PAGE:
Well foodwise, which is what we care about here, it's clearly a bad decision. Cruise ships, in stark contrast to the city of New York, are not generally known for their fine cuisine. And among cruise ships, this one didn't even make this list of the top 70. One of it's sister ships, the Norwegian Sky, just barely made the overall top 70, with dreadful food scores.

But you do have free room service 24/7 and buffets galore on cruise ships (at least the one I've been on). To many people that's more important than quality.

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Not only a bad deal for the city but a worse deal for the delegates. I can't imagine myself sitting inside of a dead ass boat, that won't even leave port, and chowing down.

While just off the gang plank is some of the finest dining in this country, if not the world.

I'd be AWOL from that floating hunk of tin, before you could count three.

woodburner

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Not only a bad deal for the city but a worse deal for the delegates. I can't imagine myself sitting inside of a dead ass boat, that won't even leave port, and chowing down.

While just off the gang plank is some of the finest dining in this country, if not the world.

I'd be AWOL from that floating hunk of tin, before you could count three.

woodburner

Yes, that aspect of it doesn't make a hell of a lot of sense to me. I suspect the real business will be taking place in the local restaurants in private dinng rooms.

Jason Perlow

Co-Founder, The Society for Culinary Arts & Letters

offthebroiler.com - Food Blog | View my food photos on Instagram

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If I were a restaurant owner or hotel GM, I would be annoyed at this plan as the whole purpose of bringing the convention to NYC was to bring additional revenues to the city.

But as a Manhattan resident, my philosophy is "stick 'em all on boats. I don't want those extra crowds making it more difficult for me to go out." I hate when dignitaries come to the city as they turn the whole place into gridlock central.

"Some people see a sheet of seaweed and want to be wrapped in it. I want to see it around a piece of fish."-- William Grimes

"People are bastard-coated bastards, with bastard filling." - Dr. Cox on Scrubs

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What I do wonder is perhaps if they might be contracting out with New York restaurants to cater on the ship. That would balance some of this out.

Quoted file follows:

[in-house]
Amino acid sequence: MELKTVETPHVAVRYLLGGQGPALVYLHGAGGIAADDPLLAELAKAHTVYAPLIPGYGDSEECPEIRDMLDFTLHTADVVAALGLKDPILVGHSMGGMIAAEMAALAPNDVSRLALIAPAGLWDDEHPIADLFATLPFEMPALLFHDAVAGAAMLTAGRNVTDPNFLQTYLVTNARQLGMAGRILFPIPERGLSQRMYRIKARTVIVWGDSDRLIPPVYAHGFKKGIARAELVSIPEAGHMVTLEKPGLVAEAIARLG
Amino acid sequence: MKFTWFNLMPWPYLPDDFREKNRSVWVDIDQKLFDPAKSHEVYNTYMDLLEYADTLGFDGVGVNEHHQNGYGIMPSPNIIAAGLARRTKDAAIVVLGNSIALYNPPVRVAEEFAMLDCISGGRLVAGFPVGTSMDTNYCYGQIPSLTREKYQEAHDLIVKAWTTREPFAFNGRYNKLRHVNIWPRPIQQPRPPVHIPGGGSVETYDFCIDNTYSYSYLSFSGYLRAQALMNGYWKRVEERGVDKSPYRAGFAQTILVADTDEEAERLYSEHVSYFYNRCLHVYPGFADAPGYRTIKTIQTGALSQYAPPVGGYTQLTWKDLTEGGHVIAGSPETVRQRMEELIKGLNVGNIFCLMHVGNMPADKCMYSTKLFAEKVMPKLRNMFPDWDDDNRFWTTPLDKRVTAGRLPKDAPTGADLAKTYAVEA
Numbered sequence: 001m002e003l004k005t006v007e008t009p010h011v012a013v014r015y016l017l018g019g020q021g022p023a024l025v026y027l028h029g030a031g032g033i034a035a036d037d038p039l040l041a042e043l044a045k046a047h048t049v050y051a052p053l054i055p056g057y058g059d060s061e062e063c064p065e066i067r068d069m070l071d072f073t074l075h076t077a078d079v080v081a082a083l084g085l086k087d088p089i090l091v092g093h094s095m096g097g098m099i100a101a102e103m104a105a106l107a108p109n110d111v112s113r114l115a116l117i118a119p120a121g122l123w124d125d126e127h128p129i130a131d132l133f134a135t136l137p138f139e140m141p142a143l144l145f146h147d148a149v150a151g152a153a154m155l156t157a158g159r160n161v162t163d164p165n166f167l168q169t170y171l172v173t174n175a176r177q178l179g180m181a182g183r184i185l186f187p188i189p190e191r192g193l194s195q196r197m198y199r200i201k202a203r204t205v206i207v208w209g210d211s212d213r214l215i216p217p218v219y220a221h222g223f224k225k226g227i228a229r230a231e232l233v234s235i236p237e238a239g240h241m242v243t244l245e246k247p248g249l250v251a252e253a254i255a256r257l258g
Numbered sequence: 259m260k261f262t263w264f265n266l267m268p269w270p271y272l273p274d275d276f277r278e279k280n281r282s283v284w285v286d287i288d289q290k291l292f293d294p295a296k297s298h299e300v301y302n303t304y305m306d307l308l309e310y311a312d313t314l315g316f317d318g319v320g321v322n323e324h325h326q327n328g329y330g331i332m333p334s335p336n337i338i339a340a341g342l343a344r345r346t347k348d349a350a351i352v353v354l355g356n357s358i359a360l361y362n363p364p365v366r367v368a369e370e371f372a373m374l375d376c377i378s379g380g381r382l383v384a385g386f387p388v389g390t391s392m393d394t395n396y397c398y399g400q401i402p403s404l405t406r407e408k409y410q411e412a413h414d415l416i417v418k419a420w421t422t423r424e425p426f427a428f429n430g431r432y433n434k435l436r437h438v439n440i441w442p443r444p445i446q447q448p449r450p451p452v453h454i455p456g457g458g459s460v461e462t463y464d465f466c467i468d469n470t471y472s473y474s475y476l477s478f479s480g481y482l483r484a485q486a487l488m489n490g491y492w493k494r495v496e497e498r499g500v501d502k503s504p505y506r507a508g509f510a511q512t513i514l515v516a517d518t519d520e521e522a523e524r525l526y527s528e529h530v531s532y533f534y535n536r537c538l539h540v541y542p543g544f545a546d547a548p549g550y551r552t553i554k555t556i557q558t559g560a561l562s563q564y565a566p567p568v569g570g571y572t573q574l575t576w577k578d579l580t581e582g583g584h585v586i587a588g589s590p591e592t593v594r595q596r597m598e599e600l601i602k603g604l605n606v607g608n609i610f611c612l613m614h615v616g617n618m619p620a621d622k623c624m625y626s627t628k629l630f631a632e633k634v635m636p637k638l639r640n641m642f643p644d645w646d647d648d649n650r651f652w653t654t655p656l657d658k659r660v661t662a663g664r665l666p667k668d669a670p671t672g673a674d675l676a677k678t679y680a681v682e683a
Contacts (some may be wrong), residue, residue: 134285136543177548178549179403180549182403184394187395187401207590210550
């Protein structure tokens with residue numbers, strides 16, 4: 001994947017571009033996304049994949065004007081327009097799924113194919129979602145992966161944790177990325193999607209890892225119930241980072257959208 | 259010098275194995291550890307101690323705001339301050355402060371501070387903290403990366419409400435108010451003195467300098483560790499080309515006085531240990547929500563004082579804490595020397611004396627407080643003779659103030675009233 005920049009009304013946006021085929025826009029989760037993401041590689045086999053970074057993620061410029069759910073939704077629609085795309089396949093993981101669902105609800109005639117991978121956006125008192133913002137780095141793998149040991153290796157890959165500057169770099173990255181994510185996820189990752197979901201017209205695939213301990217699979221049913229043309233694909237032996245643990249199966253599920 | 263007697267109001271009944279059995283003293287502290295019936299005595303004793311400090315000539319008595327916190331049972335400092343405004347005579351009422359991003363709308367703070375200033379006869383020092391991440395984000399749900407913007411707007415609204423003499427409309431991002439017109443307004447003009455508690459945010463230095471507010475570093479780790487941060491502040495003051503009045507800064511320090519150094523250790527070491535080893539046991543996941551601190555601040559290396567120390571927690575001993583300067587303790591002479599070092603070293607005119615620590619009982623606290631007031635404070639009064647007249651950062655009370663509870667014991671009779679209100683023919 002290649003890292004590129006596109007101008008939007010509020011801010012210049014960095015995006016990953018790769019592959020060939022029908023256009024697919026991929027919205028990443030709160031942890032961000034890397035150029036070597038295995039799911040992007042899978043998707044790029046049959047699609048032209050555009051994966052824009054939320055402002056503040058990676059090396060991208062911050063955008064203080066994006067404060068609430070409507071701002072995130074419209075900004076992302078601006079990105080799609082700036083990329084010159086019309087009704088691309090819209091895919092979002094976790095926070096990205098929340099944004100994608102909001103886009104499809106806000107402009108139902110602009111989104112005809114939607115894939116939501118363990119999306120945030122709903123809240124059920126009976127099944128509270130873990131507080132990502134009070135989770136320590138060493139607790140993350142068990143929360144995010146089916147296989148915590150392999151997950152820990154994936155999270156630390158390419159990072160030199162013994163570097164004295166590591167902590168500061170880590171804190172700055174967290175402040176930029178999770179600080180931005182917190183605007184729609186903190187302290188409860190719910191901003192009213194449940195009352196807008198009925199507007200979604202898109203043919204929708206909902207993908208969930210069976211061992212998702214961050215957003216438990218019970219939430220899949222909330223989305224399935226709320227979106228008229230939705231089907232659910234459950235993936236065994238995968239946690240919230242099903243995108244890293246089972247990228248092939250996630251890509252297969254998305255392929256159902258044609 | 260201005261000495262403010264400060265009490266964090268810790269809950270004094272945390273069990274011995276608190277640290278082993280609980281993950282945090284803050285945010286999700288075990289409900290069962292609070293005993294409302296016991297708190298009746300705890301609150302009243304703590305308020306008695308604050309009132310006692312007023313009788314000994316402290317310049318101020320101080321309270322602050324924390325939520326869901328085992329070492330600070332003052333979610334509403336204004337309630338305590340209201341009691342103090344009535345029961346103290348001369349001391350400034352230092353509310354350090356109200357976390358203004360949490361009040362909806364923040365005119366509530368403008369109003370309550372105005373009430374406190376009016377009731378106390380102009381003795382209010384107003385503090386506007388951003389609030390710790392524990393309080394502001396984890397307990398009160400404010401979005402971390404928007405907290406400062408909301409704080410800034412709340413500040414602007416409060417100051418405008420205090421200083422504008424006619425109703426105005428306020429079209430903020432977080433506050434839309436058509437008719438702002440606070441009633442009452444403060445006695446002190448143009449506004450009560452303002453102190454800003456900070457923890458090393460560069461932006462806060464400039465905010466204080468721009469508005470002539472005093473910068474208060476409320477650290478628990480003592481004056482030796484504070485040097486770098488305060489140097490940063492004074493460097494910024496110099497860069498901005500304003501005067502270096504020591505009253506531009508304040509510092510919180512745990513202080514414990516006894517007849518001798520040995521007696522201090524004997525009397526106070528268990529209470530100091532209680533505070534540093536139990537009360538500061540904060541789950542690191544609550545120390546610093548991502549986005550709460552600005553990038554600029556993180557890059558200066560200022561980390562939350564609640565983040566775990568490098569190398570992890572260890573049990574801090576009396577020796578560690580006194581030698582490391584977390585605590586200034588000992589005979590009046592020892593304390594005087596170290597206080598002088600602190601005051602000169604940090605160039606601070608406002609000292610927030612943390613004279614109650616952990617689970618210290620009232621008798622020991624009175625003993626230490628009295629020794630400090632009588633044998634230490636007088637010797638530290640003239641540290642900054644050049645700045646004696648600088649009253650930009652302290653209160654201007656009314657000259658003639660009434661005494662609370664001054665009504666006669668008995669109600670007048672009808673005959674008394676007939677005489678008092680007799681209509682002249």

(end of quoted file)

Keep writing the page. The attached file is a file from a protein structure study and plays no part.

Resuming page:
Not likely. Most cruise ships won't even take on local produce, no less local caterers.

Steven A. Shaw aka "Fat Guy"
Co-founder, Society for Culinary Arts & Letters, sshaw@egstaff.org
Proud signatory to the eG Ethics code
Director, New Media Studies, International Culinary Center (take my food-blogging course)

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If I were a restaurant owner or hotel GM, I would be annoyed at this plan as the whole purpose of bringing the convention to NYC was to bring additional revenues to the city.

But as a Manhattan resident, my philosophy is "stick 'em all on boats. I don't want those extra crowds making it more difficult for me to go out." I hate when dignitaries come to the city as they turn the whole place into gridlock central.

Townies everywhere in the world have mixed feelings about tourism. New York City couldn't survive without tourism, but of course large waves of tourism make it hard to get into restaurants, etc. Then again the restaurants wouldn't be here without those big injections of capital.

It should be said in defense of NCL and the other cruise lines that they provide tremendous revenue to New York City. 51 weeks out of the year they are bringing people into the city. For 1 week, if 1 ship competes with the local hotels and restaurants, I can't really see the harm in it. However, as a symbol, it's clearly a bad move.

Steven A. Shaw aka "Fat Guy"
Co-founder, Society for Culinary Arts & Letters, sshaw@egstaff.org
Proud signatory to the eG Ethics code
Director, New Media Studies, International Culinary Center (take my food-blogging course)

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What I do wonder is perhaps if they might be contracting out with New York restaurants to cater on the ship.  That would balance some of this out.

Not likely. Most cruise ships won't even take on local produce, no less local caterers.

Is that necessarily true if the ship is docked though, especially in a domestic port? I know I might be confusing practices aboard a cruise ship with one of those smaller "party boats" people sometimes rent, but it seems to me that a.) the boat isn't docked in Mexico or somewhere else where they may risk bringing on something which might make fat rich Americans sick b.) they seemingly are just using the boat as an alternative to a hotel, except with a crappier kitchen

Jon Lurie, aka "jhlurie"

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The issue, as I understand it, is that most of these cruise lines are fanatical about sanitation (when you board a ship these days you need to apply a hand sanitizer and they have a crewman stationed there to make sure you do it) far beyond the normal standards that a local catering operation might use. They get 100% of their product from a short list of approved vendors, and it's typically routed through a central facility for inspection. So for example no matter where the ship is in the hemisphere, all the product might get shipped to Florida, consolidated, and then put in a container and sent to wherever the ship is docking that week. There are exceptions, but in all the cruises I've ever been on I only once ever witnessed food being taken on locally and that was lobsters in Maine on a New England cruise. But it was on a small line with only one ship. The mega-cruise-lines don't usually do it.

Steven A. Shaw aka "Fat Guy"
Co-founder, Society for Culinary Arts & Letters, sshaw@egstaff.org
Proud signatory to the eG Ethics code